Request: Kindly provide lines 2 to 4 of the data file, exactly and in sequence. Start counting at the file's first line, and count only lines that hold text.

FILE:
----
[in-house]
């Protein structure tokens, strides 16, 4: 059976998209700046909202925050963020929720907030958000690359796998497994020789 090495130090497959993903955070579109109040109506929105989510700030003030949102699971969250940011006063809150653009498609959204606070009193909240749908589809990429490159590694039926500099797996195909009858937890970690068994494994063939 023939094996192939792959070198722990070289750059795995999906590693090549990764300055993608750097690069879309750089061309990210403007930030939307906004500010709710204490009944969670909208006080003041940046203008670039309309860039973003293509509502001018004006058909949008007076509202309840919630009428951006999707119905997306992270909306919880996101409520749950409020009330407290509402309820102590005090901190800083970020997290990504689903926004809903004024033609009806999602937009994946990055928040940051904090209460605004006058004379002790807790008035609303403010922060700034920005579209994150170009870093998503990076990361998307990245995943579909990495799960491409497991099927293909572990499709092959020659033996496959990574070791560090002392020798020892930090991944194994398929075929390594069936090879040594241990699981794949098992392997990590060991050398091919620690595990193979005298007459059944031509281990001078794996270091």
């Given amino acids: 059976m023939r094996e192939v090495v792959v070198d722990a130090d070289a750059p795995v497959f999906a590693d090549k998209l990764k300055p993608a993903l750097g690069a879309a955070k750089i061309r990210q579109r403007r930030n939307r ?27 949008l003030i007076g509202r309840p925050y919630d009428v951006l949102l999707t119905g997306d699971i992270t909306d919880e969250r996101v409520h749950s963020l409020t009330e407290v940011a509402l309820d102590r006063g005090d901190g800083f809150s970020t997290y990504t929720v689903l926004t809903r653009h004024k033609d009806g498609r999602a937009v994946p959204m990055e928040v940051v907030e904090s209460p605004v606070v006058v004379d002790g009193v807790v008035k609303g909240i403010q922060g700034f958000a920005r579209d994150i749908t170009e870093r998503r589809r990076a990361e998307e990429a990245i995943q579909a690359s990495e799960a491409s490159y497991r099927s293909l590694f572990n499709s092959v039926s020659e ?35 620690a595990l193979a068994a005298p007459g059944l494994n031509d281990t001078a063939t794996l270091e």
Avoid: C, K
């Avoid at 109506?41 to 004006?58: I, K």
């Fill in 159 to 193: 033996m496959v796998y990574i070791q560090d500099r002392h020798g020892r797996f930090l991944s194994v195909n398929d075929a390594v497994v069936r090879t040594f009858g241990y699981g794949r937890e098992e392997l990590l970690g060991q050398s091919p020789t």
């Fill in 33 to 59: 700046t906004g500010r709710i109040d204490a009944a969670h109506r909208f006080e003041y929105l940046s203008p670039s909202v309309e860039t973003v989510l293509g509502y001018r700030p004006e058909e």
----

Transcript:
């Protein structure tokens, strides 16, 4: 059976998209700046909202925050963020929720907030958000690359796998497994020789 090495130090497959993903955070579109109040109506929105989510700030003030949102699971969250940011006063809150653009498609959204606070009193909240749908589809990429490159590694039926500099797996195909009858937890970690068994494994063939 023939094996192939792959070198722990070289750059795995999906590693090549990764300055993608750097690069879309750089061309990210403007930030939307906004500010709710204490009944969670909208006080003041940046203008670039309309860039973003293509509502001018004006058909949008007076509202309840919630009428951006999707119905997306992270909306919880996101409520749950409020009330407290509402309820102590005090901190800083970020997290990504689903926004809903004024033609009806999602937009994946990055928040940051904090209460605004006058004379002790807790008035609303403010922060700034920005579209994150170009870093998503990076990361998307990245995943579909990495799960491409497991099927293909572990499709092959020659033996496959990574070791560090002392020798020892930090991944194994398929075929390594069936090879040594241990699981794949098992392997990590060991050398091919620690595990193979005298007459059944031509281990001078794996270091």
């Given amino acids: 059976m023939r094996e192939v090495v792959v070198d722990a130090d070289a750059p795995v497959f999906a590693d090549k998209l990764k300055p993608a993903l750097g690069a879309a955070k750089i061309r990210q579109r403007r930030n939307r ?27 949008l003030i007076g509202r309840p925050y919630d009428v951006l949102l999707t119905g997306d699971i992270t909306d919880e969250r996101v409520h749950s963020l409020t009330e407290v940011a509402l309820d102590r006063g005090d901190g800083f809150s970020t997290y990504t929720v689903l926004t809903r653009h004024k033609d009806g498609r999602a937009v994946p959204m990055e928040v940051v907030e904090s209460p605004v606070v006058v004379d002790g009193v807790v008035k609303g909240i403010q922060g700034f958000a920005r579209d994150i749908t170009e870093r998503r589809r990076a990361e998307e990429a990245i995943q579909a690359s990495e799960a491409s490159y497991r099927s293909l590694f572990n499709s092959v039926s020659e ?35 620690a595990l193979a068994a005298p007459g059944l494994n031509d281990t001078a063939t794996l270091e």
Avoid: C, K